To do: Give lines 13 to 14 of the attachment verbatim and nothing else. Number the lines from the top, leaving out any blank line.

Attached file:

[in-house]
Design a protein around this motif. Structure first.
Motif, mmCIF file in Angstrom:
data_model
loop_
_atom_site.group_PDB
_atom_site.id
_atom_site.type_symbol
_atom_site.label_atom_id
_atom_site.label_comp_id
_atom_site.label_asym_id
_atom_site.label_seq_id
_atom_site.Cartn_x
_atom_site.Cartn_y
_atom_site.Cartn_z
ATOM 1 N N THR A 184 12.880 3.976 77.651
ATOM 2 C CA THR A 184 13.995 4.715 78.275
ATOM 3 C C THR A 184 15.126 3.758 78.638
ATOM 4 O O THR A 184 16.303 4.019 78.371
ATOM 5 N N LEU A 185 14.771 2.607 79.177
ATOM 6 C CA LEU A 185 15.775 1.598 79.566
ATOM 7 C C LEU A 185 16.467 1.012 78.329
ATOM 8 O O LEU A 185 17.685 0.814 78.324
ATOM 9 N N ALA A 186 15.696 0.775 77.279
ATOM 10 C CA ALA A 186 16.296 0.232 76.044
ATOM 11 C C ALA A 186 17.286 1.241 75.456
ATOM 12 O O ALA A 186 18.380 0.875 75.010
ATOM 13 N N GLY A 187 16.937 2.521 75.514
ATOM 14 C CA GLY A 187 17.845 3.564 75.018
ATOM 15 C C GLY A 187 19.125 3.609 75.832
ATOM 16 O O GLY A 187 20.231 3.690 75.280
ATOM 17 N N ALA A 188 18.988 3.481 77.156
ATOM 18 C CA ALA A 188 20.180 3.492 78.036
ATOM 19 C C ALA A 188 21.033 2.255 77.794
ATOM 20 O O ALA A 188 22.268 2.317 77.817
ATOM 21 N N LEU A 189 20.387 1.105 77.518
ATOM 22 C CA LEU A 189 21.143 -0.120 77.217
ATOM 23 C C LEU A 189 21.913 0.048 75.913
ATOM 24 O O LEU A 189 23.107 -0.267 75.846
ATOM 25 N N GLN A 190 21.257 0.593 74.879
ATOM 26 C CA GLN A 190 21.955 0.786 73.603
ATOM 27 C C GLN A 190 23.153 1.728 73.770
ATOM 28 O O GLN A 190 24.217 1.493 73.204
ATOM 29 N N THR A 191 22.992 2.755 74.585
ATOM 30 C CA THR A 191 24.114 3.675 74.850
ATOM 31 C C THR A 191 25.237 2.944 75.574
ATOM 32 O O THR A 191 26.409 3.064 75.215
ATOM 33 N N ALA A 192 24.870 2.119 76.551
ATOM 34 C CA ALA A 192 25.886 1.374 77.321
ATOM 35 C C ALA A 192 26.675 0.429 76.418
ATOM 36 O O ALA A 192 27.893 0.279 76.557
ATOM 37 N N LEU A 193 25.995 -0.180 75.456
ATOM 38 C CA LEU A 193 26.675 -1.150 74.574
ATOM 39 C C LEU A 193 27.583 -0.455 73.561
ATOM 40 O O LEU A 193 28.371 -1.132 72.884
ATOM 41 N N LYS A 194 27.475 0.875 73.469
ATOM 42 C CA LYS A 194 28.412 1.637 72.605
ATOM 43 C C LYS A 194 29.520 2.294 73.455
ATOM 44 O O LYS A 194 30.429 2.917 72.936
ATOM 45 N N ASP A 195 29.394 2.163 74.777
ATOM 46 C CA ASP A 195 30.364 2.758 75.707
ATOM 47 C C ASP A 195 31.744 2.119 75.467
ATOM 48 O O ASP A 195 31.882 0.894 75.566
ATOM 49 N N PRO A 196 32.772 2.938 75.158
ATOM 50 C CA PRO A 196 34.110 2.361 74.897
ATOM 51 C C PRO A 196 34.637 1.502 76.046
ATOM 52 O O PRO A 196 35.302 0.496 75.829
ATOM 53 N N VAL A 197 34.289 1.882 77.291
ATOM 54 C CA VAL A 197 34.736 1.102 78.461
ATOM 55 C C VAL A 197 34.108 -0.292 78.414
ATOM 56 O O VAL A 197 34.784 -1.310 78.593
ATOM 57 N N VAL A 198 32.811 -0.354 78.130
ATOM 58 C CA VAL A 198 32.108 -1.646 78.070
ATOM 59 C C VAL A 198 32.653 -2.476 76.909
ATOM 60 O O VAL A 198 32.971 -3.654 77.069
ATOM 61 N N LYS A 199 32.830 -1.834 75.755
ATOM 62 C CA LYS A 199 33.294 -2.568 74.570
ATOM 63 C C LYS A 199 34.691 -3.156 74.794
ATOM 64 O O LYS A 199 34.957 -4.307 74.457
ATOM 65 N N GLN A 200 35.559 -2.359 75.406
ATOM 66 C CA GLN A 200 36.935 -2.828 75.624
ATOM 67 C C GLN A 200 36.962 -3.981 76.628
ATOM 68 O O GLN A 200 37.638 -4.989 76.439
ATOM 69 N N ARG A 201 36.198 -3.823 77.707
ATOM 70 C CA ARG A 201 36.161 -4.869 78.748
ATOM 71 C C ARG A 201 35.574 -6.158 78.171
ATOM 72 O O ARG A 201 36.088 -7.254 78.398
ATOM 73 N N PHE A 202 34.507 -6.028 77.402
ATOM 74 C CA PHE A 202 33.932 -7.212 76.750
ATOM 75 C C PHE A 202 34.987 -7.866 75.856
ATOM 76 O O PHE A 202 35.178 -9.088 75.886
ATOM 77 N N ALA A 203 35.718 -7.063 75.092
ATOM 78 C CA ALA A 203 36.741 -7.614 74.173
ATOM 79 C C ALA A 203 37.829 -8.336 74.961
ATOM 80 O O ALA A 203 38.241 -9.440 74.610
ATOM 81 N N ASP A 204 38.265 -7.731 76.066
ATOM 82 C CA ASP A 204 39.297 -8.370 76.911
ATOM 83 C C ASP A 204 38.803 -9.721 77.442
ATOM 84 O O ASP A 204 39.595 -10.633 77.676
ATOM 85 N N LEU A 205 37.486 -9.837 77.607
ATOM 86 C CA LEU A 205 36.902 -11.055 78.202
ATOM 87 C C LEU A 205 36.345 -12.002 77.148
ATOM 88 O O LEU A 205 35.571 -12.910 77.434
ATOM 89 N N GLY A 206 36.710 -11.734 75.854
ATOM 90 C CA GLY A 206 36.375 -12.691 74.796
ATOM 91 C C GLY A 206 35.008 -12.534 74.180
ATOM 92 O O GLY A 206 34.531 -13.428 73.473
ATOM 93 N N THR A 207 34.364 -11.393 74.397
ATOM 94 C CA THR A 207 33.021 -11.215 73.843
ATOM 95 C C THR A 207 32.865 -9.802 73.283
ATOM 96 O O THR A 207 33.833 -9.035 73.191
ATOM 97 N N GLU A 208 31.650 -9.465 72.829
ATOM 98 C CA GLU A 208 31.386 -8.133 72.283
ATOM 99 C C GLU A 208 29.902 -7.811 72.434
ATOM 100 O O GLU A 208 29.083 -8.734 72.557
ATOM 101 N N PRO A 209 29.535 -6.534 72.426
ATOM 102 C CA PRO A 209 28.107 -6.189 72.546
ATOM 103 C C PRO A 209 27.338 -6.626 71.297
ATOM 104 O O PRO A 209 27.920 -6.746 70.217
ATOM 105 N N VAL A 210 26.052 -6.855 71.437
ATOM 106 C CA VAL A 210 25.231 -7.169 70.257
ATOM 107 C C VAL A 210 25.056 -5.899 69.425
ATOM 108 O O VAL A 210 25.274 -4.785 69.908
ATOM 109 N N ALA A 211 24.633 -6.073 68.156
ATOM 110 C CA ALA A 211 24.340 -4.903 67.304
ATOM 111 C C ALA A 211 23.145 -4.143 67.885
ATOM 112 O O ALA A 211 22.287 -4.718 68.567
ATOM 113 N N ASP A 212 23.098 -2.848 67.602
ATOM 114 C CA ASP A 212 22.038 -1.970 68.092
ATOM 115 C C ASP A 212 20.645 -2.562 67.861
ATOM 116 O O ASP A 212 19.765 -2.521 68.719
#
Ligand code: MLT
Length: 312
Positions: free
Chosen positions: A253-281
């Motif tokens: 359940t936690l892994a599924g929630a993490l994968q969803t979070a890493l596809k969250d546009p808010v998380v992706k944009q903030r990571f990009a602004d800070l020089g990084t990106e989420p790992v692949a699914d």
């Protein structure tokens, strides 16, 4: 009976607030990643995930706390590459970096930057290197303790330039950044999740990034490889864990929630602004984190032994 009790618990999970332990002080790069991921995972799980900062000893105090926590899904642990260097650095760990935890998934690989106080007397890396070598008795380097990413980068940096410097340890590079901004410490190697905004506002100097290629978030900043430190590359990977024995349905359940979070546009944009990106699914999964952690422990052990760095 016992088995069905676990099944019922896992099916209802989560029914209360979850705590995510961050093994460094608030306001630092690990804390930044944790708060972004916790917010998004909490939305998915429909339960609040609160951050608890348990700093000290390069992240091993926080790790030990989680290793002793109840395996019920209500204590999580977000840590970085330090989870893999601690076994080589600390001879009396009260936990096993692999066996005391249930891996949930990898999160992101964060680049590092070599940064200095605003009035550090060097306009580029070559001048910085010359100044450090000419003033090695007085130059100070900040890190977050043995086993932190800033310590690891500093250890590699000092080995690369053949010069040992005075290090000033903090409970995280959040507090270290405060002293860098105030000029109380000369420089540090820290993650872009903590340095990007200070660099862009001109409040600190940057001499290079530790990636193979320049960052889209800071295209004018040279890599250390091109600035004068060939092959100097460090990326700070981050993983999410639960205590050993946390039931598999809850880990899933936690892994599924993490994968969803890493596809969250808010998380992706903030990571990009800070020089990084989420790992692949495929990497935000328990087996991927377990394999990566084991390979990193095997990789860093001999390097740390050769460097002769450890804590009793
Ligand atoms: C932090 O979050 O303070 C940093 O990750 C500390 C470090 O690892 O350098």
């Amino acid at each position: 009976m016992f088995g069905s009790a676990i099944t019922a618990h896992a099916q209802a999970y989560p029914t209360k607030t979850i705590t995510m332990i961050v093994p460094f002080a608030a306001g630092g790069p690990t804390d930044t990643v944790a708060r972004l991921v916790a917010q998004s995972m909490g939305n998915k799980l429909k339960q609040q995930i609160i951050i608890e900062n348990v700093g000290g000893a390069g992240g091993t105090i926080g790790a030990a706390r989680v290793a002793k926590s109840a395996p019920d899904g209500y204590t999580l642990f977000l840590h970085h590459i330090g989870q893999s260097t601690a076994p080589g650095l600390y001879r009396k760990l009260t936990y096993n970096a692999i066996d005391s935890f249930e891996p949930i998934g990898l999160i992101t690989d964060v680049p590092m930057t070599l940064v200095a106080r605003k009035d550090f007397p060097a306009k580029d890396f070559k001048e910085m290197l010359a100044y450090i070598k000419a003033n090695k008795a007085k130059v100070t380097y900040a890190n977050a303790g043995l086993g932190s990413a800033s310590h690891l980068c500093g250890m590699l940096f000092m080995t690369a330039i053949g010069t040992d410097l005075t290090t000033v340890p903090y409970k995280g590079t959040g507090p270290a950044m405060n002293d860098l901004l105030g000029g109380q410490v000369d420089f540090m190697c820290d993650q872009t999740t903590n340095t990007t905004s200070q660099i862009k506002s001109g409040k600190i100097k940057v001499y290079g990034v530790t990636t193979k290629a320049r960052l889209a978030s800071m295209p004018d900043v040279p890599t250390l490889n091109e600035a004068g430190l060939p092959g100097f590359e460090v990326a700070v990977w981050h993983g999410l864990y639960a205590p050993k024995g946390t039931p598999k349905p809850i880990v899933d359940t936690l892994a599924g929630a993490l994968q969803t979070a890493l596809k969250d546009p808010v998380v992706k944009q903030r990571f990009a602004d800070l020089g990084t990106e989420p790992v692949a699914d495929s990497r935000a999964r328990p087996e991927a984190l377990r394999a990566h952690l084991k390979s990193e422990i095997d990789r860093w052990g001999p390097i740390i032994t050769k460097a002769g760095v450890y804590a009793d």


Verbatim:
_atom_site.Cartn_x
_atom_site.Cartn_y